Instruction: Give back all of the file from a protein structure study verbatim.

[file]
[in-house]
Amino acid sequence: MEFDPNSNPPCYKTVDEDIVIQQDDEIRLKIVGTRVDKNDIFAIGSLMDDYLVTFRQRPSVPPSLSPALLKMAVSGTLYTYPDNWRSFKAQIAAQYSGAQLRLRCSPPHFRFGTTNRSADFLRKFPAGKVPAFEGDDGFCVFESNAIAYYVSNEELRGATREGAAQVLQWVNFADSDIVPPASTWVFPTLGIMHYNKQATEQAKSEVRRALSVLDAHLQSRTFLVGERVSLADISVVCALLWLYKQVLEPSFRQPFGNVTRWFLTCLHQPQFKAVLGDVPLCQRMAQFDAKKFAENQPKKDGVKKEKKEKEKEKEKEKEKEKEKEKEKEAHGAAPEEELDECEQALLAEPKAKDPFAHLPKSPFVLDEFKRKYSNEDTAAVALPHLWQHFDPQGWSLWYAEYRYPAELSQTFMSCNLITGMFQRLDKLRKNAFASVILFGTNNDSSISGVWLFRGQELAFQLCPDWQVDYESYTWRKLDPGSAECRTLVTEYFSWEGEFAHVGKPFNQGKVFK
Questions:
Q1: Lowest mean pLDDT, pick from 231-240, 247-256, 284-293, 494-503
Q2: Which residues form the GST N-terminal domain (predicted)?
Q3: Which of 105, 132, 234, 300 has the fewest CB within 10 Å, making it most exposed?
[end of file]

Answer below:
[in-house]
Amino acid sequence: MEFDPNSNPPCYKTVDEDIVIQQDDEIRLKIVGTRVDKNDIFAIGSLMDDYLVTFRQRPSVPPSLSPALLKMAVSGTLYTYPDNWRSFKAQIAAQYSGAQLRLRCSPPHFRFGTTNRSADFLRKFPAGKVPAFEGDDGFCVFESNAIAYYVSNEELRGATREGAAQVLQWVNFADSDIVPPASTWVFPTLGIMHYNKQATEQAKSEVRRALSVLDAHLQSRTFLVGERVSLADISVVCALLWLYKQVLEPSFRQPFGNVTRWFLTCLHQPQFKAVLGDVPLCQRMAQFDAKKFAENQPKKDGVKKEKKEKEKEKEKEKEKEKEKEKEKEAHGAAPEEELDECEQALLAEPKAKDPFAHLPKSPFVLDEFKRKYSNEDTAAVALPHLWQHFDPQGWSLWYAEYRYPAELSQTFMSCNLITGMFQRLDKLRKNAFASVILFGTNNDSSISGVWLFRGQELAFQLCPDWQVDYESYTWRKLDPGSAECRTLVTEYFSWEGEFAHVGKPFNQGKVFK
Questions:
Q1: Lowest mean pLDDT, pick from 231-240, 247-256, 284-293, 494-503
Q2: Which residues form the GST N-terminal domain (predicted)?
Q3: Which of 105, 132, 234, 300 has the fewest CB within 10 Å, making it most exposed?